Latesh is a 17-year-old girl and is the third child among five siblings. Studying in Class 10, she hails from Terai, Bulandshahr, in Uttar Pradesh. Latesh says that the best thing about her school is that the students can ask as many questions as they want and their doubts are answered. They can approach teachers and the principals at any time they want. She says that there is a suggestion box in which children can share issues that they are not comfortable sharing in a group. The issues are dealt with by the relevant group or teacher. Latesh used to be shy and timid earlier. However, she has now blossomed as a confident public speaker and this she owes her school teachers, who have motivated her and who she looks up to as role models. She wanted to become a police officer. But now, she wants to pursue her second goal of becoming a yoga teacher as she feels they earn more respect than the police. Optimistic and raring to go, for Latesh, Shikshagiri is an avenue and platforms for children to voice their concerns about education, as they are the future.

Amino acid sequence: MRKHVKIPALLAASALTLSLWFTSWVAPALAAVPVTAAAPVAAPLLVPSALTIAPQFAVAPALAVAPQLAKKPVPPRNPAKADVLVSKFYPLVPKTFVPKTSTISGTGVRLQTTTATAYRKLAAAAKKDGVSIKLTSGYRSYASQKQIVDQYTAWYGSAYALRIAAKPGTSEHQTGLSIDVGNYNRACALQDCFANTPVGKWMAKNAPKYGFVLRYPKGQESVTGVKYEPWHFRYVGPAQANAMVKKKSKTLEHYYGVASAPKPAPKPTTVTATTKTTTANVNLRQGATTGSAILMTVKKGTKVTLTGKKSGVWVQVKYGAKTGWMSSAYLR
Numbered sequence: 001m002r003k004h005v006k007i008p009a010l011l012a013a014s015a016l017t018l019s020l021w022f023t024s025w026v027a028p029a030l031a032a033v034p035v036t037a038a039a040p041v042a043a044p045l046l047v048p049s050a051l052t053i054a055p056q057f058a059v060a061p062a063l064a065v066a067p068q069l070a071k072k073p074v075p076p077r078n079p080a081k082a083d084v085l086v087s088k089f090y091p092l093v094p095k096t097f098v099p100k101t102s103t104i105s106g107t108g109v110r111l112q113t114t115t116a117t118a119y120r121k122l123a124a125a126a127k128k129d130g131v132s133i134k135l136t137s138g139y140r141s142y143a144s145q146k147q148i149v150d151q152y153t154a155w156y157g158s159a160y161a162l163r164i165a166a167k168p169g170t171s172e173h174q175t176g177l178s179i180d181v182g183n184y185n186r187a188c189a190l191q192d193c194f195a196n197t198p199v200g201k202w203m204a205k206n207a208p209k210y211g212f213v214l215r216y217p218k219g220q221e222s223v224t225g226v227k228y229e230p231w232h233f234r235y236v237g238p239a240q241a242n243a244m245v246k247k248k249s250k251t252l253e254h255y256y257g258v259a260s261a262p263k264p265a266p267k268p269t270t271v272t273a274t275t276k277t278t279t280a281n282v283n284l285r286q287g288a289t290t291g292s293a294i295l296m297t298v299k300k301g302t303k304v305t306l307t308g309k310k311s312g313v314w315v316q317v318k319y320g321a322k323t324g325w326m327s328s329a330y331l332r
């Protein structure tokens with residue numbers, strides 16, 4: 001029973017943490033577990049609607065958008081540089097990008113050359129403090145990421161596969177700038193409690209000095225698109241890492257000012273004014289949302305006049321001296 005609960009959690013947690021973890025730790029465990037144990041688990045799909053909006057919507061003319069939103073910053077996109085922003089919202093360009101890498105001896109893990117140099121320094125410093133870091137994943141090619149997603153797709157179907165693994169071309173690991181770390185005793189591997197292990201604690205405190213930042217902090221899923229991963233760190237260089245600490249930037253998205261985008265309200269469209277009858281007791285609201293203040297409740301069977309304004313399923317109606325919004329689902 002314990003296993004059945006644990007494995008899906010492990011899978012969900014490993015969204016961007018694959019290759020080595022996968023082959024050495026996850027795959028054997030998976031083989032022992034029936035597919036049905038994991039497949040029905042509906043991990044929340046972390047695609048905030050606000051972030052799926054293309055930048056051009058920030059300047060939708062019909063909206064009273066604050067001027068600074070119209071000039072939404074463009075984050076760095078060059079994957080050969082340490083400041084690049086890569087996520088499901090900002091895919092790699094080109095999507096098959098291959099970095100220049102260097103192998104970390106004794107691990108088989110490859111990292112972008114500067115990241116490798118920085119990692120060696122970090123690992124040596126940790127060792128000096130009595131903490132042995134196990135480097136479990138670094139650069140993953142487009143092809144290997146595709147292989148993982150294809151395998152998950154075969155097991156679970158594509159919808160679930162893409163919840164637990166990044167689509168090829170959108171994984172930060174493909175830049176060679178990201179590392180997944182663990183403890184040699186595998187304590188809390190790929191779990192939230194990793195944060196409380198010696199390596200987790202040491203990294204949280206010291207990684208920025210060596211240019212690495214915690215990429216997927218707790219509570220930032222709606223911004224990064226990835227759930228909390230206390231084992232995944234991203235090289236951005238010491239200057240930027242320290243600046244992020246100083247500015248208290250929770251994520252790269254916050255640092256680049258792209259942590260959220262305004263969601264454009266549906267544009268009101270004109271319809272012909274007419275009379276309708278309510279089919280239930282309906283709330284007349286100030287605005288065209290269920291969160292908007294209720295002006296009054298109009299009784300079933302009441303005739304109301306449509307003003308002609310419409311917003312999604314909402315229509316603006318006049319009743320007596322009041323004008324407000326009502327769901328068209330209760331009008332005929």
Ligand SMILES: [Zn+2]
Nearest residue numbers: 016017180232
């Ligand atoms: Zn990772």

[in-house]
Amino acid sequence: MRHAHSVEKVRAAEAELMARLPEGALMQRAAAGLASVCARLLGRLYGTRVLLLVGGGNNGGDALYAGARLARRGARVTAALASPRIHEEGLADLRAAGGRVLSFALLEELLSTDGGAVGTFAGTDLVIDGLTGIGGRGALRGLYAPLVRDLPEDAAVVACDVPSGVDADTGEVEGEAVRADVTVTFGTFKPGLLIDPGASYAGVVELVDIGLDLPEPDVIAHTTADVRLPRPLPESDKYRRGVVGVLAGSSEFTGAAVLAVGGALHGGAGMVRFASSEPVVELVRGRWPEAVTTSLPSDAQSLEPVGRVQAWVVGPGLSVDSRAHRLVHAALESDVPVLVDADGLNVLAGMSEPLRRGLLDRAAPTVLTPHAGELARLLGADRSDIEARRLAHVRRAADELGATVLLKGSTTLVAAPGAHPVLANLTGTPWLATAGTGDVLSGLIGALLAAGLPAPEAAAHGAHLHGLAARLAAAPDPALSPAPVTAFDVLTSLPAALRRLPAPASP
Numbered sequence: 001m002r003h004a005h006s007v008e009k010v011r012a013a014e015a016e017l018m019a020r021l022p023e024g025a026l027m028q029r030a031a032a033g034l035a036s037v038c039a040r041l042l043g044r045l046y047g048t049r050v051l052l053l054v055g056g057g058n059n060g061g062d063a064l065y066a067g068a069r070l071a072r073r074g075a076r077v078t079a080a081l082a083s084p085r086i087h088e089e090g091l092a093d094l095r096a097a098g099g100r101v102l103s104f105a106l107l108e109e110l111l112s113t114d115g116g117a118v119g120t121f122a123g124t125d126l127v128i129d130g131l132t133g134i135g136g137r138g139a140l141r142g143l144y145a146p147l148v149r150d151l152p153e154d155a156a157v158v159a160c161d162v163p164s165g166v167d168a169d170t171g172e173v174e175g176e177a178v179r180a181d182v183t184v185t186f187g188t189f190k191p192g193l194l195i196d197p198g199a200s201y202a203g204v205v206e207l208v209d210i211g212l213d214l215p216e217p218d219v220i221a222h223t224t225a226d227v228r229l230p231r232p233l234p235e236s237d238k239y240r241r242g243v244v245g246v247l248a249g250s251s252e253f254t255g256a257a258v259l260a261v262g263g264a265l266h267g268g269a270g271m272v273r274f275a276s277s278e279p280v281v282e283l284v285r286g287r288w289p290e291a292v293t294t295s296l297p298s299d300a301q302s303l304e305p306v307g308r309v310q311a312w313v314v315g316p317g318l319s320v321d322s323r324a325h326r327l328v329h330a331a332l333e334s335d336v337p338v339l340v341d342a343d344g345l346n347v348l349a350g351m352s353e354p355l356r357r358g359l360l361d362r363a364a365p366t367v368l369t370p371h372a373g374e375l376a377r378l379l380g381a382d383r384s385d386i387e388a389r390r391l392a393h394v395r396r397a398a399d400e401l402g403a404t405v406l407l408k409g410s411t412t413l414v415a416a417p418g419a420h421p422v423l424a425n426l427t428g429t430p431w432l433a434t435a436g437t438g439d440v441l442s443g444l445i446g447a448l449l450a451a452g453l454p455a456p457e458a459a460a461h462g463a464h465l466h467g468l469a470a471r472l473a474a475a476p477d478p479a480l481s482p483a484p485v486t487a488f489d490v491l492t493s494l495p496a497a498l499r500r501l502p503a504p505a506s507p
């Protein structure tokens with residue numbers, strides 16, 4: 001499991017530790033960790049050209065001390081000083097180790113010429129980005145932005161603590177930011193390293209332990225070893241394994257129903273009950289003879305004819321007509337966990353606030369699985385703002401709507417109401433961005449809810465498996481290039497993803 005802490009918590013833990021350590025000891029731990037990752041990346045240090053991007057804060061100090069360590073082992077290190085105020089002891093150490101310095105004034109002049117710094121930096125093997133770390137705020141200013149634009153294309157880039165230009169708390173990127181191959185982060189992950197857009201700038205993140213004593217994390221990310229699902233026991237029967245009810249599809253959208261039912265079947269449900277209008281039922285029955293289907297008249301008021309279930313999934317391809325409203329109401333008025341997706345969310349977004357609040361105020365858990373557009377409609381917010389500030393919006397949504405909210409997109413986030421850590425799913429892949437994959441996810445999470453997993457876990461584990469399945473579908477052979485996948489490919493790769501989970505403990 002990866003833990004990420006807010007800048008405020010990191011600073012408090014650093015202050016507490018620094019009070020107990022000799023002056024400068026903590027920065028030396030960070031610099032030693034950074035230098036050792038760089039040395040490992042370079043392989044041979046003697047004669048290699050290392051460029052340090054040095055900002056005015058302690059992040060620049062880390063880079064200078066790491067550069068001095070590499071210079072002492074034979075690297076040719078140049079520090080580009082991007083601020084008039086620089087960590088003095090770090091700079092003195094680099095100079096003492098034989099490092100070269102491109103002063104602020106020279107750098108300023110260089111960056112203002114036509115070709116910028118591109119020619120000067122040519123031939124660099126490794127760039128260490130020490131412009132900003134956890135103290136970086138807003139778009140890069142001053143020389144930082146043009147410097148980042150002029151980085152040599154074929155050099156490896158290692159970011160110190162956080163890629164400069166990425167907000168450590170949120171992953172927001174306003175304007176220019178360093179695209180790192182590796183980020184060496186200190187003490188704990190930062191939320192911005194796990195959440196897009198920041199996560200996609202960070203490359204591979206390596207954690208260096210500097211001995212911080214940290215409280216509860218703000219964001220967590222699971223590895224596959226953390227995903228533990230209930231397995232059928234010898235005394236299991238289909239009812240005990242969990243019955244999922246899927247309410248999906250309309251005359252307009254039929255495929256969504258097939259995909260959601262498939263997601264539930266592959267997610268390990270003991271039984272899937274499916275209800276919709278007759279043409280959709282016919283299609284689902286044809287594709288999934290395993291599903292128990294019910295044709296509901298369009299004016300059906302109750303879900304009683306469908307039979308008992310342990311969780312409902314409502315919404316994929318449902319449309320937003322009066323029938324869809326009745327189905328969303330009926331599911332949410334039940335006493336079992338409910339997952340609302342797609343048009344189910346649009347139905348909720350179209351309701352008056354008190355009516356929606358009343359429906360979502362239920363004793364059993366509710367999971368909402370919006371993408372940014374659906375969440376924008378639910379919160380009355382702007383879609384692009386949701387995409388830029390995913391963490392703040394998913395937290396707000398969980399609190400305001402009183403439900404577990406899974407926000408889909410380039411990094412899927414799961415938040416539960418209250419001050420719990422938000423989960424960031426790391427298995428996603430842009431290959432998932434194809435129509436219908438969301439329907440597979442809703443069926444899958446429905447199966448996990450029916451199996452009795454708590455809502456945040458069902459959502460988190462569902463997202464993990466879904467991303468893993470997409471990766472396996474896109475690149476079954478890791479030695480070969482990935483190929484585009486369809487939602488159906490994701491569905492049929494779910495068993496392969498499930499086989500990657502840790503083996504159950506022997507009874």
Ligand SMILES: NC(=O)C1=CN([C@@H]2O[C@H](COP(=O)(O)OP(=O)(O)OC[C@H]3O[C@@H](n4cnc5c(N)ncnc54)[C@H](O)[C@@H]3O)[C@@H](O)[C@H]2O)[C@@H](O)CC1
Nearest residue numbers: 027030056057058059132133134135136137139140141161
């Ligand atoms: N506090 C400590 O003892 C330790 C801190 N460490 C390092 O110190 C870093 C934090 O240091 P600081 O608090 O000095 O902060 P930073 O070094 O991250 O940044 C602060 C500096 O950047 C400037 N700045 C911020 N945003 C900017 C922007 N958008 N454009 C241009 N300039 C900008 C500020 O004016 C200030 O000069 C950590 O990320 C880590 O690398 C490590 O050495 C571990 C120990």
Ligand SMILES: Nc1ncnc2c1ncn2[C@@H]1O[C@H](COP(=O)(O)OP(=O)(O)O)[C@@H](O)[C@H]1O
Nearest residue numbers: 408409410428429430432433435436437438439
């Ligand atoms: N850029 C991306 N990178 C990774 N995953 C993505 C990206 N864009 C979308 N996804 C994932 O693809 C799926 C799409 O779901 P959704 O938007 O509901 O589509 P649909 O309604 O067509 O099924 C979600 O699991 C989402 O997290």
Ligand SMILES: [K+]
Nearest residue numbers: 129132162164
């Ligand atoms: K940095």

Juli is from Washabari Tea Garden in Siliguri in West Bengal. She lost her father a few years ago and her mother works as a migrant labourer in the tea gardens. Juli was pulled out of school and sent to work despite her desire to study. Through the support of a teacher in the school where she used to study before dropping out, she was linked to an organisation that helped children with disabilities like her join the mainstream. She is currently studying in Class 6 in a government school near Siliguri. She loves listening to music and sing. She also loves to learn new things and meet new people. She is concerned about the lack of facilities for children with disabilities and wants the government to pay attention to this.